The smallest class of Proteobacteria is Epsilonproteobacteria, which are gram-negative microaerophilic bacteria (meaning they only require small amounts of oxygen in their environment). Two clinically relevant genera of Epsilonproteobacteria are Campylobacter and Helicobacter, both of which include human pathogens. Campylobacter can cause food poisoning that manifests as severe enteritis (inflammation in the small intestine). This condition, caused by the species C. jejuni, is rather common in developed countries, usually because of eating contaminated poultry products. Chickens often harbor C. jejuni in their gastrointestinal tract and feces, and their meat can become contaminated during processing.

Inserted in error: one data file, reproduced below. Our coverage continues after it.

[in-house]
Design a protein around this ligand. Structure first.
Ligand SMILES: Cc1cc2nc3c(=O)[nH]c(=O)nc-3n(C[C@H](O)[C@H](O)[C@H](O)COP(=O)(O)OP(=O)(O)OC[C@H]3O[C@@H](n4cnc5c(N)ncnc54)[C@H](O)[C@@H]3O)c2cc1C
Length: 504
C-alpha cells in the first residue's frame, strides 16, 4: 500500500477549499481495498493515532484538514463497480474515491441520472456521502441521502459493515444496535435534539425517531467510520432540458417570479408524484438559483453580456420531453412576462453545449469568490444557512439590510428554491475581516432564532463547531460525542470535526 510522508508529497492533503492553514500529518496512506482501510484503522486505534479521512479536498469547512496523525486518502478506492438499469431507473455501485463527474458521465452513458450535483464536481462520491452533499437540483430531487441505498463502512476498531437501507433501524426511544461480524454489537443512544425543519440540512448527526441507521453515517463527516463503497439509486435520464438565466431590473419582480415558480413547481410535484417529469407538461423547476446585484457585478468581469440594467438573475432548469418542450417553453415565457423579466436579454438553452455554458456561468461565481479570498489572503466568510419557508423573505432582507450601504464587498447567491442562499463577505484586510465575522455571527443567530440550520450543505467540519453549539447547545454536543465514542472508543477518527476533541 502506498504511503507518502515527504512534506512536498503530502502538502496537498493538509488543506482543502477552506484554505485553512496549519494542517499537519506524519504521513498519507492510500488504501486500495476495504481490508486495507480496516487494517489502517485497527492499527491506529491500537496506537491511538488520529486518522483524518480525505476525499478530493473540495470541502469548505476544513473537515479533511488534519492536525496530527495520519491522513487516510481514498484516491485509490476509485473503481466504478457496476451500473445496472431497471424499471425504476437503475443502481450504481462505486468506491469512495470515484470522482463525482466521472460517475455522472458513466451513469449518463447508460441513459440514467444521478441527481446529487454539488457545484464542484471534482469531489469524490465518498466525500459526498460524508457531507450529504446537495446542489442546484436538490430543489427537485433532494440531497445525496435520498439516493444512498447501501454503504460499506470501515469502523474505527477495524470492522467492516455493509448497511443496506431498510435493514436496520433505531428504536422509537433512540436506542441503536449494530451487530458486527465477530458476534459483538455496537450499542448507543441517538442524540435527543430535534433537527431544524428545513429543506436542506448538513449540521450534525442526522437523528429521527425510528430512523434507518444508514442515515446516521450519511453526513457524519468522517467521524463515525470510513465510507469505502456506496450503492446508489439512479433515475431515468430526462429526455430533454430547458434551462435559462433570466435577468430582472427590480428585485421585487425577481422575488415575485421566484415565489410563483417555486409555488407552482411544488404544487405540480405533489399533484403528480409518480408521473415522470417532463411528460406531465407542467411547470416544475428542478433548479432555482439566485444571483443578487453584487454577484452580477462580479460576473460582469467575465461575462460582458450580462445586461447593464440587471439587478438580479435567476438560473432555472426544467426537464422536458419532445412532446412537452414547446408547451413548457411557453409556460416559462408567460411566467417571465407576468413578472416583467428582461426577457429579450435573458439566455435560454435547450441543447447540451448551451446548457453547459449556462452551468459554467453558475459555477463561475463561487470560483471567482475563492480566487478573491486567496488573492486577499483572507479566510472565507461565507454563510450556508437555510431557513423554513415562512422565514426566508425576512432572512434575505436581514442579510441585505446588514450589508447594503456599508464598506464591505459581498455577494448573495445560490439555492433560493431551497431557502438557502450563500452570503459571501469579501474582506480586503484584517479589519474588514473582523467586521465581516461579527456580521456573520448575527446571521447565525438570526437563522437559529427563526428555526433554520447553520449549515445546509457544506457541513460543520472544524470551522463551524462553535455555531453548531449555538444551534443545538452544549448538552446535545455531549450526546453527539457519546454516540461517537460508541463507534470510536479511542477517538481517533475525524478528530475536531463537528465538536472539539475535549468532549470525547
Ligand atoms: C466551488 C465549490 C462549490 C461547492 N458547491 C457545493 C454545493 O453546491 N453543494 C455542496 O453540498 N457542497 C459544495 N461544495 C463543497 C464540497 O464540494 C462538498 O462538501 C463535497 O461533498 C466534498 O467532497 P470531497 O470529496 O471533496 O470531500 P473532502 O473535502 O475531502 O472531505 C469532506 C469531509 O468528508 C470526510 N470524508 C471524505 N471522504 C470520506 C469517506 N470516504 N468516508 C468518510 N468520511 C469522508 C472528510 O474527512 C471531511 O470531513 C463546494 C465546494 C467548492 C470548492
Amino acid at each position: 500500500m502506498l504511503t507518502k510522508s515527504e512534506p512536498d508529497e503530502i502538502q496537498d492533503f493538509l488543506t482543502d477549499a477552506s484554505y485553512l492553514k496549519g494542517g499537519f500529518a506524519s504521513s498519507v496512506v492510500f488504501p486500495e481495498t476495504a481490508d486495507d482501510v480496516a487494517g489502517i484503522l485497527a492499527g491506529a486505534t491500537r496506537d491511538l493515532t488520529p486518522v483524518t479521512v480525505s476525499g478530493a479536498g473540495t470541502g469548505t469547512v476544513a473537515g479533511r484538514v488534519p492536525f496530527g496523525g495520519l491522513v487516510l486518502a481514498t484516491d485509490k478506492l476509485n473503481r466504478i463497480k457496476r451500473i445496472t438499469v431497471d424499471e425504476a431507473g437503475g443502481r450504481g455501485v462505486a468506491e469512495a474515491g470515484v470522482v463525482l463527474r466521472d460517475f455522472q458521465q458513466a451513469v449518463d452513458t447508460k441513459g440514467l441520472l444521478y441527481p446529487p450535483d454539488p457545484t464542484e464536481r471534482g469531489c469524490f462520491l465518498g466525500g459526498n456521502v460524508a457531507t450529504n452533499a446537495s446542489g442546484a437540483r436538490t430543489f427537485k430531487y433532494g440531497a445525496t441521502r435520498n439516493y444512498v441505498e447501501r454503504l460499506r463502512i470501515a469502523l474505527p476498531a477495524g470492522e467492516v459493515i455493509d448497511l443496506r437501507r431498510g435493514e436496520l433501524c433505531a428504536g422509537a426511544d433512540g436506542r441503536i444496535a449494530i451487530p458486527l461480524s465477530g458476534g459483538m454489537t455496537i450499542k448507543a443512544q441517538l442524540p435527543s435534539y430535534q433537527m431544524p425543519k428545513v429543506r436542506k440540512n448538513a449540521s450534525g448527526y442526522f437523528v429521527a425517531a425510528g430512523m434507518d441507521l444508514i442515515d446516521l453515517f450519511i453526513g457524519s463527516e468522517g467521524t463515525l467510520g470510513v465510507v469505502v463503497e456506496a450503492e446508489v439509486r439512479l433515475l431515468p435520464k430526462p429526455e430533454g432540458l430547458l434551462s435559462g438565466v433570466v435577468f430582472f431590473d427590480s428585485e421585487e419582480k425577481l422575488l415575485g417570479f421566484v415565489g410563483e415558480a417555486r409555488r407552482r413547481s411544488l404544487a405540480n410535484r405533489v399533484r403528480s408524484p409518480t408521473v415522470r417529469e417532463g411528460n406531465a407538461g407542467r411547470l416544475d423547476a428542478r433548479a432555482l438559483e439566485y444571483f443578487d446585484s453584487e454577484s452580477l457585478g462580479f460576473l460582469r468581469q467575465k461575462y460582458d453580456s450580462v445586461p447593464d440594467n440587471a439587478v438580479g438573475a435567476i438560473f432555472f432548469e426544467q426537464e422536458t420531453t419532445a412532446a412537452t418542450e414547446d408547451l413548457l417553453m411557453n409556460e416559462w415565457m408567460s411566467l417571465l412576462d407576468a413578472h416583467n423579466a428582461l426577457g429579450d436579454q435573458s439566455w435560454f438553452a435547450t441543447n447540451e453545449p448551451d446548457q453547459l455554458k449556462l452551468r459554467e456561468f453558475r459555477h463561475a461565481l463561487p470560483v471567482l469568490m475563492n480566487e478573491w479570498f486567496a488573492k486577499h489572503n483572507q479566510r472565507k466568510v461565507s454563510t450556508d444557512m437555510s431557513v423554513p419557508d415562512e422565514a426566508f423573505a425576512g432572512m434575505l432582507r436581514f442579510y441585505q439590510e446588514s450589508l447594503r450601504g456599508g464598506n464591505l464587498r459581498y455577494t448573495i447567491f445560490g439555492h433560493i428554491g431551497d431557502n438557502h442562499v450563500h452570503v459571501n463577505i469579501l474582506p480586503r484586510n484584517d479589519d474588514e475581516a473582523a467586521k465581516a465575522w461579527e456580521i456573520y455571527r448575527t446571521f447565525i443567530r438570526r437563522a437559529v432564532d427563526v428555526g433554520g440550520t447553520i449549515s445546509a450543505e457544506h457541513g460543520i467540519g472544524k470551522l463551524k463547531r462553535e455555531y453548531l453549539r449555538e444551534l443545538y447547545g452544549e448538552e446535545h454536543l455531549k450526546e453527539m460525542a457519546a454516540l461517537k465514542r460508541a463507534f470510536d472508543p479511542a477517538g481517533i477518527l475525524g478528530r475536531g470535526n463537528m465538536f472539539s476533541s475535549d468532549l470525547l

Within the genus Helicobacter, the helical, flagellated bacterium H. pylori has been identified as a beneficial member of the stomach microbiota, but it is also the most common cause of chronic gastritis and ulcers of the stomach and duodenum. Studies have also shown that H. pylori is linked to stomach cancer. H. pylori is somewhat unusual in its ability to survive in the highly acidic environment of the stomach. It produces urease and other enzymes that modify its environment to make it less acidic.
Parker, N., Schneegurt, M., Thi Tu, A.-H., Forster, B. M., & Lister, P. (n.d.). Microbiology. Houston, Texas: OpenStax. Access for free at: https://openstax.org/details/books/microbiology